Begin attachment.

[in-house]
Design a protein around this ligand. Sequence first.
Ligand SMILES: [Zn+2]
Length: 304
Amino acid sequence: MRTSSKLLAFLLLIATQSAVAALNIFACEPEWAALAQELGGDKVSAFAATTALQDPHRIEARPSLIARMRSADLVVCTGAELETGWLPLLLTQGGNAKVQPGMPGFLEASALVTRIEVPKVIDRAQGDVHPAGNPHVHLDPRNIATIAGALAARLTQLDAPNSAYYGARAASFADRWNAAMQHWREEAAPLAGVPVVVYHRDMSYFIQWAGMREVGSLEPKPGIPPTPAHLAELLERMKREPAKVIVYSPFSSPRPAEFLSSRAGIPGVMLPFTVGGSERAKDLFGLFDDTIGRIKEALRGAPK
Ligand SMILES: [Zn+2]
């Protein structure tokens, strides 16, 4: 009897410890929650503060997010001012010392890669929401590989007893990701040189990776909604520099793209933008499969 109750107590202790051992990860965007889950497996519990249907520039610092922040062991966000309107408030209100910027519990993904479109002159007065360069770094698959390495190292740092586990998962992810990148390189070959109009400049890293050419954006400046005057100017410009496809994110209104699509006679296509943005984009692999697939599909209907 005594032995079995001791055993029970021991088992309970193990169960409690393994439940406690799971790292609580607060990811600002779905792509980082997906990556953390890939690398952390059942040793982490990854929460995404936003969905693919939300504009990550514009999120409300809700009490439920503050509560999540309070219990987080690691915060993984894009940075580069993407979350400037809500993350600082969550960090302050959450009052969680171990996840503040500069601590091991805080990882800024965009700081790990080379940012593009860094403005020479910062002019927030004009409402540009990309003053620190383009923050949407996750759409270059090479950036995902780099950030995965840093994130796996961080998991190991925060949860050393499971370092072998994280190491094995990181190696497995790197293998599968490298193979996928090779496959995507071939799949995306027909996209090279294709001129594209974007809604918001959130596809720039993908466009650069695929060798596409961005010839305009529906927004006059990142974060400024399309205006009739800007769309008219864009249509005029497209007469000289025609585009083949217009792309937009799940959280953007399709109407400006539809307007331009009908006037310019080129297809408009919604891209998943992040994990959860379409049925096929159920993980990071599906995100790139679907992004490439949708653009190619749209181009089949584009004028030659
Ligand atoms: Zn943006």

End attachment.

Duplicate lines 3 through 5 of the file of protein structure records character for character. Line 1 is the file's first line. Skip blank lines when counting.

Ligand SMILES: [Zn+2]
Length: 304
Amino acid sequence: MRTSSKLLAFLLLIATQSAVAALNIFACEPEWAALAQELGGDKVSAFAATTALQDPHRIEARPSLIARMRSADLVVCTGAELETGWLPLLLTQGGNAKVQPGMPGFLEASALVTRIEVPKVIDRAQGDVHPAGNPHVHLDPRNIATIAGALAARLTQLDAPNSAYYGARAASFADRWNAAMQHWREEAAPLAGVPVVVYHRDMSYFIQWAGMREVGSLEPKPGIPPTPAHLAELLERMKREPAKVIVYSPFSSPRPAEFLSSRAGIPGVMLPFTVGGSERAKDLFGLFDDTIGRIKEALRGAPK